Design It To Run: How I Am Designing & Running the Montporte Dungeon

We are closing in on Session 30 of the Montporte Dungeon Campaign and I feel like I can now speak with a bit of experience about designing and running a megadungeon. Back in the 1970s, I started with a dungeon-only campaign as my Holmes D&D set came with dungeon geomorphs, rather than a module. None of my fellow gamers owned modules, just lots of graph paper. So running a dungeon was our default. But that was a long time ago and I hadn't really attempted to run a megadungeon since.

What follows is descriptive, not prescriptive. I am attempting to describe how I am designing and running a dungeon, not how you should do it. Most weeks, I am scrambling to get ready for game night in between family, work, and my music obligations. So with those caveats, here is my approach:

Campaign Mindset: From the start, my mindset has been to run it as a campaign setting and not an adventure module on steroids (which is how most published megadungeons appear to me). Rather than focus on rooms, I focus on areas, peoples, etc and then fill in the details as needed (or as I have time), just as if I were running a typical non-dungeon campaign.

My Dungeon: The Montporte Megadungeon is designed by me for me to run. And I run it with people I know. I am not creating something for publication or something to even post on my blog for others. It is very specific to me and our Monday Night Gaming Group. I don't feel like I have an audience of gamers/consumers to please, just a group of friends to entertain.

As Needed: I only create the dungeon a little in advance of where the players might go. At the beginning, this meant a fair amount of mapping. But now, not so much. There are several reasons I do this: (1) I don't have the time or energy to create a 20 level dungeon all at once; (2) I don't always know what will catch the players' interest and I would rather have things be more open-ended and flexible; and (3) Inspiration comes to me slowly and if I try to do too much at once, the dungeon turns out bland. I need to give myself time to let ideas germinate.

Mapping Part 1: Fortunately, I love to draw dungeon maps. Unfortunately, we are playing online with a VTT (our group uses either Roll20 or Fantasy Grounds, depending on the GM...I opted to use Roll20). This means that I could either draw maps by hand, scan them, and upload them...or create maps digitally. I opted to create them digital in AutoREALM, which is a slower process for me, but it cuts out the conversion process.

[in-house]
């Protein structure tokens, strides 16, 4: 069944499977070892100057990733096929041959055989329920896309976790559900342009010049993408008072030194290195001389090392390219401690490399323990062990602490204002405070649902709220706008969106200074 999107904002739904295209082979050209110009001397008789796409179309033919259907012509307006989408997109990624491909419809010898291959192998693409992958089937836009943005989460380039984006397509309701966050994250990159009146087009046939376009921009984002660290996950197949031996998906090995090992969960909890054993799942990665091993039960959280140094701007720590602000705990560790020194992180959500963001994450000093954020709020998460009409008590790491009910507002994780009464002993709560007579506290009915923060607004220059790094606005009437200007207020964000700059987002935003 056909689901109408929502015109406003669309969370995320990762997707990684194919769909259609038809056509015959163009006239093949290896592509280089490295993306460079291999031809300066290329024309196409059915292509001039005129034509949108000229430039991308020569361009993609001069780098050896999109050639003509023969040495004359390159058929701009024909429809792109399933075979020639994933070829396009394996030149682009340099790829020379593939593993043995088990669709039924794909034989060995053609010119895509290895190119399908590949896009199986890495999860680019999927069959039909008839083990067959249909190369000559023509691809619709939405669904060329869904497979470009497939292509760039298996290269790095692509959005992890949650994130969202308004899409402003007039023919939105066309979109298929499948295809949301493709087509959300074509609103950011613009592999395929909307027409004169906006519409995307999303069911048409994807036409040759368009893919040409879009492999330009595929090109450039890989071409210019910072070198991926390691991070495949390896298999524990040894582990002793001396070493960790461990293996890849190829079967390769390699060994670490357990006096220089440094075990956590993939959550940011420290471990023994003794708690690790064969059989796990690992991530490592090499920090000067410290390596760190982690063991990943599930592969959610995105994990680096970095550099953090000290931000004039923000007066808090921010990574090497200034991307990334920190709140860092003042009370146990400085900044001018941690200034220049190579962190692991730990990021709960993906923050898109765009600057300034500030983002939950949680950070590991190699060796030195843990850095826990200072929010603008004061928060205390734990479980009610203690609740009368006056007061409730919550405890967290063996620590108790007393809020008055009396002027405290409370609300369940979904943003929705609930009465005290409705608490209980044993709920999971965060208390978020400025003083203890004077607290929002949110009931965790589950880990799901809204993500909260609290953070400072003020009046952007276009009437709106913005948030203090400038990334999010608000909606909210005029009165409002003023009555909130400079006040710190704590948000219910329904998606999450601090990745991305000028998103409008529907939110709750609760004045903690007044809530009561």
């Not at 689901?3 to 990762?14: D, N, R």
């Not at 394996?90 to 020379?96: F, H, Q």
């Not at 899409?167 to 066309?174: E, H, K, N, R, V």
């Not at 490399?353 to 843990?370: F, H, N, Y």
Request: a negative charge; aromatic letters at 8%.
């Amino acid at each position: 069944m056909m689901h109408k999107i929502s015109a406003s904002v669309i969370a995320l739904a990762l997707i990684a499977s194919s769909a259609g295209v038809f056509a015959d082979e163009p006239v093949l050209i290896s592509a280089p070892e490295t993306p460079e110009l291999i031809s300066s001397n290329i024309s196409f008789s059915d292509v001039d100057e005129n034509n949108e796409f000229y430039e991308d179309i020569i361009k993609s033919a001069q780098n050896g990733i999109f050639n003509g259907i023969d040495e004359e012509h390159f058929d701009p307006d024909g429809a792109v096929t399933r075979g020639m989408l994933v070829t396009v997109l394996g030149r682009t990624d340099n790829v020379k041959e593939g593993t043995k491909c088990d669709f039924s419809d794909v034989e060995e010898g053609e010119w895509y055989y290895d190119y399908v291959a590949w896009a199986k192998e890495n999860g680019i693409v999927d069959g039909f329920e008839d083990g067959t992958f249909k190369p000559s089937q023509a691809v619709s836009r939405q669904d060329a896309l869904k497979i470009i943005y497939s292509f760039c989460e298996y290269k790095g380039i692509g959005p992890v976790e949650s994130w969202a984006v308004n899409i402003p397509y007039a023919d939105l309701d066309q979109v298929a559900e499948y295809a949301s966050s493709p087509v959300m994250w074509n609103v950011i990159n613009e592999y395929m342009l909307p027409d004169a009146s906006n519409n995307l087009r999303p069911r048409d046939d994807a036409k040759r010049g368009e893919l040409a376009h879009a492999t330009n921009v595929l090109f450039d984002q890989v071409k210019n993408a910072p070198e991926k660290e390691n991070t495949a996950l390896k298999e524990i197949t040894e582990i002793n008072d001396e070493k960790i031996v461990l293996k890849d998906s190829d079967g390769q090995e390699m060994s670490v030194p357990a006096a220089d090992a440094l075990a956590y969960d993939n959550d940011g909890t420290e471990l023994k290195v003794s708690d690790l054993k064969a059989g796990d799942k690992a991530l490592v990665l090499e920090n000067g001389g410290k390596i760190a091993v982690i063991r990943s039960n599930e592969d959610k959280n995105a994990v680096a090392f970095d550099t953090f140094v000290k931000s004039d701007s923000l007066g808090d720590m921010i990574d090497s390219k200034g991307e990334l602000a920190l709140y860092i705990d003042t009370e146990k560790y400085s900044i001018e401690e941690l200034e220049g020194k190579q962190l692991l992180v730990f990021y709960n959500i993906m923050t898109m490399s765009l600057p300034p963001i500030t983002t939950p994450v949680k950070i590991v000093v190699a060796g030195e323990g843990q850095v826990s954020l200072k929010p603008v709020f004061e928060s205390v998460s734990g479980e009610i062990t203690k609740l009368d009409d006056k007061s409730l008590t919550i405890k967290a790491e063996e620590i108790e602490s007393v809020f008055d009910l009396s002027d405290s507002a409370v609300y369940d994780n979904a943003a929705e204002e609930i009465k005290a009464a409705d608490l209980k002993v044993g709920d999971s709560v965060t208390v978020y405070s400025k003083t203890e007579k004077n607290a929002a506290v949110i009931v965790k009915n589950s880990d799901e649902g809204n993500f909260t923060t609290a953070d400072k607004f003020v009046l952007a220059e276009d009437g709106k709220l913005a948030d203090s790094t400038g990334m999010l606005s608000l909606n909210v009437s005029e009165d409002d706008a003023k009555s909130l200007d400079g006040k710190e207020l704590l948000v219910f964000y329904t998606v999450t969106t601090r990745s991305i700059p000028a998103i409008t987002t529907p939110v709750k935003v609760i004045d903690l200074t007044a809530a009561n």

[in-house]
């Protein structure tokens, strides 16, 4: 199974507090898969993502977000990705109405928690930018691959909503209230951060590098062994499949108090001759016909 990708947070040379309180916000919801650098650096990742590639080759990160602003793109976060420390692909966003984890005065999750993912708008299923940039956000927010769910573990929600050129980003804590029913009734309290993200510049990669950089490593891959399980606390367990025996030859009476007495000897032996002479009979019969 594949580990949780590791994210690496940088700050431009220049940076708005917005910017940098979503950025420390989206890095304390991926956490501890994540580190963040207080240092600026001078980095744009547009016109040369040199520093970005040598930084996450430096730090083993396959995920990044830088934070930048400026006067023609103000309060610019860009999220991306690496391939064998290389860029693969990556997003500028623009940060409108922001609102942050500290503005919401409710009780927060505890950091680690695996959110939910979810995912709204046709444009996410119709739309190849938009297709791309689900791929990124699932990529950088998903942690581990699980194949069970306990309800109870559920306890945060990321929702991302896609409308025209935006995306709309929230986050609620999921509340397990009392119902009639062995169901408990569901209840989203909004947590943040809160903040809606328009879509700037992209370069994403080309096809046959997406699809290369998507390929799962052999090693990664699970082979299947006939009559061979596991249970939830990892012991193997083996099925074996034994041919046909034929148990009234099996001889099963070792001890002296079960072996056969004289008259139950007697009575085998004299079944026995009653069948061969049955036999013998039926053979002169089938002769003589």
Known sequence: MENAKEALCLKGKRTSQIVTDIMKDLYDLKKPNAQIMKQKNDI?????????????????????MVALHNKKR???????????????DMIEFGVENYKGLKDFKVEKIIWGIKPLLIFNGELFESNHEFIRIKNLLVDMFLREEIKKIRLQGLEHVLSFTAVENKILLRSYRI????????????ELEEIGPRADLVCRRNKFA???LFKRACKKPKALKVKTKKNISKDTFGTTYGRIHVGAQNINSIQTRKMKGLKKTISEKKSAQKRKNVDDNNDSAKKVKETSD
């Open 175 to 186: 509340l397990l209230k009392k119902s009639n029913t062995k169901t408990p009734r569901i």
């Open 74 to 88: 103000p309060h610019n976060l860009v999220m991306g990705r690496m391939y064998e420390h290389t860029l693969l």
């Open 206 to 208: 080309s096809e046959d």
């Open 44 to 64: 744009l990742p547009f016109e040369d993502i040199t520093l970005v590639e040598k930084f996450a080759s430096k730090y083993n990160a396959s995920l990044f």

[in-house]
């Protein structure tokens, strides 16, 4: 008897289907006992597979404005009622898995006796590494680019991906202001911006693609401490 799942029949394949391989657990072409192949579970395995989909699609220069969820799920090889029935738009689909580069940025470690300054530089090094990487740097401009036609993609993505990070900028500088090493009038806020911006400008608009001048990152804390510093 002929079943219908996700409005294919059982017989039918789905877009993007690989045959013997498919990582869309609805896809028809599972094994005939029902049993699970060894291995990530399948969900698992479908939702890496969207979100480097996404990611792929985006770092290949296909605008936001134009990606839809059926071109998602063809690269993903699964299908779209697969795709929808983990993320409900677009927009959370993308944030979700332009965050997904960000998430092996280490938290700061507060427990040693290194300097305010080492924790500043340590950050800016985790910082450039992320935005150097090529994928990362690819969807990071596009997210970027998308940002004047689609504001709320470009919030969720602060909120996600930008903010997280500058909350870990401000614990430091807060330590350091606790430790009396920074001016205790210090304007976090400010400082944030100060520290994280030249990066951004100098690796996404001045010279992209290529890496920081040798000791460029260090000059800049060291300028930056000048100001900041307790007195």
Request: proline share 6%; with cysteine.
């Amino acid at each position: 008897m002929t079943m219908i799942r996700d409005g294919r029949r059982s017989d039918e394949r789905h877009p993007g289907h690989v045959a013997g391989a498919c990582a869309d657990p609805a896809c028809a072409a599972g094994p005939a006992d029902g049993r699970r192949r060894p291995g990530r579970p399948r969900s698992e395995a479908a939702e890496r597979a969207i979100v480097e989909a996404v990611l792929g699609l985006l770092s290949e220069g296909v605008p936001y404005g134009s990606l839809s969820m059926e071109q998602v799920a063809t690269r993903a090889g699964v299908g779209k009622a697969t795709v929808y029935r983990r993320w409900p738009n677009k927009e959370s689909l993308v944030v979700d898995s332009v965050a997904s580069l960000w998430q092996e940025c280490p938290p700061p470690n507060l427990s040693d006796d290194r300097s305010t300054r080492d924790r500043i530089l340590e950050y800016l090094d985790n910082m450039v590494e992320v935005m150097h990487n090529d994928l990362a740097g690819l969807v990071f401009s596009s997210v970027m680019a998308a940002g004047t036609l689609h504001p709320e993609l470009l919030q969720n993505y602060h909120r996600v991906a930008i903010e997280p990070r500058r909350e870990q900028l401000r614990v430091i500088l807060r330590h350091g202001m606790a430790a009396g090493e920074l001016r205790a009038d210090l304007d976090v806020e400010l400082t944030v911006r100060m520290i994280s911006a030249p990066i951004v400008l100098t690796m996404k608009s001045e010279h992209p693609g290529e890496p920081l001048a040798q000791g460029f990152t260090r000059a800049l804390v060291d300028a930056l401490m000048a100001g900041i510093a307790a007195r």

Mapping Part 2: I usually start my mapping process of a level by creating a 5x5 grid in Publisher. Each square in the grid is 10", which means I use the custom setting to create a 52" x 52" page (allowing for 1" margins). I then place a text box in each grid, describing in as little detail as I can, what is in each square. In dungeon terms, each square represents 300" x 300", the same sized used in Stonehell. I then, as I need to, create the detailed 300' x 300' maps in AutoREALM, with a 5'/square scale. I convert it a JPEG and--Presto!--I have my map for Roll20. I can also drop the JPEG file into my Publisher grid and create level map, which can also easily be converted to JPEGs. By using blackened rectangles to cover unexplored areas, I can create overview maps for the players like the one below (it takes about 15 minutes):
Level 1, From the Players' Perspective
Seeds: I try to drop adventure or plot seeds into the campaign as we play (from this blog post by Michael Curtis {The Society of Torch, Pole, and Rope}). It is up to the players to decide what to do with them. This only works for me if I do not plan details too far ahead. I have had to let go of my inner-world builder's conceit of "this place exists whether or not a PC ever sees it." It should feel that way to the players, but that is not how I am operating behind the scenes.